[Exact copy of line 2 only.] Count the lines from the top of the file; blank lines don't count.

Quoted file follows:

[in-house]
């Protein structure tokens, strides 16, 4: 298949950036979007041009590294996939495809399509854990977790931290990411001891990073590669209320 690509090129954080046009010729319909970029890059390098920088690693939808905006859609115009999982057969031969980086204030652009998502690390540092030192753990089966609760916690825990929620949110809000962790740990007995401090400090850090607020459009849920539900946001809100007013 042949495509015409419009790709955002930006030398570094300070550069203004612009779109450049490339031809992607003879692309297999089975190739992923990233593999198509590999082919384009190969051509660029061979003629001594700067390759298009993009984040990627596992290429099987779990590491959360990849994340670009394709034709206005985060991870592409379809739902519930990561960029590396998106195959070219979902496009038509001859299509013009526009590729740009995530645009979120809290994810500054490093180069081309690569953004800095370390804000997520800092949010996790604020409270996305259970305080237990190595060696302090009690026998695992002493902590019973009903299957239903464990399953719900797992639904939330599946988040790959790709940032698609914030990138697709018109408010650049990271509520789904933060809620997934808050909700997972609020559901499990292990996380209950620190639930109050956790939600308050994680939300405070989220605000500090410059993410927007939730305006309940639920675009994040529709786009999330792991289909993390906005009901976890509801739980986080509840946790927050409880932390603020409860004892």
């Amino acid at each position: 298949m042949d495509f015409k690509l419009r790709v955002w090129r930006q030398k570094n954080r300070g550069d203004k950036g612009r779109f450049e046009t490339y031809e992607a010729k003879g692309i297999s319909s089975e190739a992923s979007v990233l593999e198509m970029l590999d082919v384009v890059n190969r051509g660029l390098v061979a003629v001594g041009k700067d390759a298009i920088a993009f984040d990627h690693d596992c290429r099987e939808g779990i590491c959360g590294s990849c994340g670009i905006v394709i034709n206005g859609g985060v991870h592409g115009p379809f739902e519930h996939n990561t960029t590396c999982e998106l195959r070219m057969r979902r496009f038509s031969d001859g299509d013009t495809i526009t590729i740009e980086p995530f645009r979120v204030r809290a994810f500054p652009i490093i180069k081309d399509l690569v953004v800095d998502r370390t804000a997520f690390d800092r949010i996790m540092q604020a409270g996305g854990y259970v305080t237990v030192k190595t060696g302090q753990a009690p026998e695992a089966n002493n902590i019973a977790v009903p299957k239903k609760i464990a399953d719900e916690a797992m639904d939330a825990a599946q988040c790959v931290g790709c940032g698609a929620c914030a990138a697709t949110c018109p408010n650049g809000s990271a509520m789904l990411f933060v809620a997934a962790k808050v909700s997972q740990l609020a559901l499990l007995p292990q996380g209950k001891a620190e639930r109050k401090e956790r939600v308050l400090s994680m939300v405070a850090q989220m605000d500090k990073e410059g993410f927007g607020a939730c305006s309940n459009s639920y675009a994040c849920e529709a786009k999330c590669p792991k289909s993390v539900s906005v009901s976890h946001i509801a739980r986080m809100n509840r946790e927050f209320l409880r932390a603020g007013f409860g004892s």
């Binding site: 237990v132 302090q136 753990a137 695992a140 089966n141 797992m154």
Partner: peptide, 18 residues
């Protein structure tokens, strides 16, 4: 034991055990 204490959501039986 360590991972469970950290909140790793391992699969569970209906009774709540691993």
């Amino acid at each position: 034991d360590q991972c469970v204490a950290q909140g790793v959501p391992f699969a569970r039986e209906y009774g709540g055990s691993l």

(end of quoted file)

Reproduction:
């Protein structure tokens, strides 16, 4: 298949950036979007041009590294996939495809399509854990977790931290990411001891990073590669209320 690509090129954080046009010729319909970029890059390098920088690693939808905006859609115009999982057969031969980086204030652009998502690390540092030192753990089966609760916690825990929620949110809000962790740990007995401090400090850090607020459009849920539900946001809100007013 042949495509015409419009790709955002930006030398570094300070550069203004612009779109450049490339031809992607003879692309297999089975190739992923990233593999198509590999082919384009190969051509660029061979003629001594700067390759298009993009984040990627596992290429099987779990590491959360990849994340670009394709034709206005985060991870592409379809739902519930990561960029590396998106195959070219979902496009038509001859299509013009526009590729740009995530645009979120809290994810500054490093180069081309690569953004800095370390804000997520800092949010996790604020409270996305259970305080237990190595060696302090009690026998695992002493902590019973009903299957239903464990399953719900797992639904939330599946988040790959790709940032698609914030990138697709018109408010650049990271509520789904933060809620997934808050909700997972609020559901499990292990996380209950620190639930109050956790939600308050994680939300405070989220605000500090410059993410927007939730305006309940639920675009994040529709786009999330792991289909993390906005009901976890509801739980986080509840946790927050409880932390603020409860004892």